10. The Song Rising by Samantha Shannon
The third installment in one of my favourite fantasy series, but not the best so far. I love the characters and the world-building in this series, but I found The Song Rising slightly lacking in substance. The series has focused far too much on the politics of the story in the latest two installments, and we’re left wondering about the greater meaning of the world and its characters. I love this series, but this was a 3-star novel for me.
9. Scythe by Neal Shusterman
I have tried a lot of Shusterman’s novels and Scythe was the first I properly enjoyed. In his latest awesome piece of speculative YA fiction, Shusterman shows us a futuristic world in which humans have conquered death, but in order to curb population, select members of society called scythes chose who lives and who dies. I thought the novel was brilliantly thought-out with two enjoyable protagonists showing us the way. Great for the younger spectrum of YA readers.
8. The Pale Dreamer by Samantha Shannon
In this prequel novella, my favourite characters of the main The Bone Season series band together to capture a ghost. It was everything I loved about the series: the fast-paced action the character quirks and quips, the fantasy and the clairvoyance and the supernatural (oh my!)
One of the most enjoyable installments in the series, and definitely the most fun and light-hearted!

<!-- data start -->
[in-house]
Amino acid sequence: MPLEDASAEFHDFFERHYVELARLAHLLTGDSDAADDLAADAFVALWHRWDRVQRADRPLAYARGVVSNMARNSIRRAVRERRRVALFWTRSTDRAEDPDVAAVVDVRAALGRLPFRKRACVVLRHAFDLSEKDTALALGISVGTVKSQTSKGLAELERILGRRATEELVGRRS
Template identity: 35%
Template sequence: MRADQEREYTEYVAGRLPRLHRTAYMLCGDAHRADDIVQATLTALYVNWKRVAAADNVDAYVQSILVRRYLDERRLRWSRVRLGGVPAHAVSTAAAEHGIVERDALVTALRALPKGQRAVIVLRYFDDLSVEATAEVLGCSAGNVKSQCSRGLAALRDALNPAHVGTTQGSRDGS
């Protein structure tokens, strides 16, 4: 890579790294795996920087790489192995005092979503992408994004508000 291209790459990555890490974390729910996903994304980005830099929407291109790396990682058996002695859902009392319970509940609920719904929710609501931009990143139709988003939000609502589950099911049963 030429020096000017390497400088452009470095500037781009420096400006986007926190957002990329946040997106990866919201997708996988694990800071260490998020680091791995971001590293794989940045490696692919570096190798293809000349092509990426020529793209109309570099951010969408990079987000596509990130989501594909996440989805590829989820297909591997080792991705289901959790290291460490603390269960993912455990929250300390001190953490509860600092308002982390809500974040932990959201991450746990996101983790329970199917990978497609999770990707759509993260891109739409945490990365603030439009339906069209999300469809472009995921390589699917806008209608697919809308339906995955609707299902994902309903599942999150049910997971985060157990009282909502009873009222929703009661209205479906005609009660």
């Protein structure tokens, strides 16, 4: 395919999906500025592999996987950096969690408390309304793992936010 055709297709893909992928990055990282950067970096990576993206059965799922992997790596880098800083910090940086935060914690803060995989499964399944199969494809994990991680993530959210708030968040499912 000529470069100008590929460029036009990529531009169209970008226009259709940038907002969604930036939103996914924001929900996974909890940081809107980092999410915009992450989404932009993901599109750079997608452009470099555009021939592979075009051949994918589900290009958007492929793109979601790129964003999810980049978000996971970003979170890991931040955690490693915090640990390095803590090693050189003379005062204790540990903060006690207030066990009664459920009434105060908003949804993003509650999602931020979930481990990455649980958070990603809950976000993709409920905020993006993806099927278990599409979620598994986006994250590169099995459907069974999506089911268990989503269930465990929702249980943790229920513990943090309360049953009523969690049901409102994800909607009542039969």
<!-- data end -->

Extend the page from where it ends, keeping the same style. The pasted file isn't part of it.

7. Empire of Storms by Sarah J Maas
After a worryingly slow start, Empire of Storms ended up as quite possibly my favourite of the whole Throne of Glass series. I feel like I have a special and unique connection with every character (except Chaol, glad he’s not in this one!), and I’m rooting for them all. Maas has improved her pacing exceptionally, and mixed with her killer story-telling and her expertise in character depth and growth – by the Gods this book is close to perfection.
6. Dark Matter by Blake Crouch
A weird, speculative sci-fi about parallel worlds that just kept getting better, and one I devoured in one evening.A weird, speculative sci-fi about parallel worlds that just kept getting better, and one I devoured in one evening. It’s great to find a book that makes you examine your life and the universe around you. It’s great to find a book that makes you imagine what choices you would make if you were living the life of the protagonist. And it’s just the best to find a book that keeps you up until midnight soaking it up. Dark Matter was fast-paced and highly interesting. The main character I thought was fabulous and the plot was kind of predictable, but not at the same time.
5. When God Was A Rabbit by Sarah Winman
According to the blurb, this book is about a brother and a sister. It’s not though, it’s about a girl, Elly, and her relationship with everyone. Her parents, her extended family, her brother and maybe most poignantly (in my view), her relationship with her best friend Jenny Penny. This book isn’t the stuff of legends. It’s not some epic fantasy with an incredible magic system and an intricate plot that makes me weak at the knees. It’s not the kind of thing I usually read. But I loved it. I loved the protagonist, I loved and related to everyone in her life. I relished the prose and actually cried over the hurt characters. And it takes a very strong book to make me cry. I couldn’t put this book down. It was compelling and glorious and I strongly recommend it.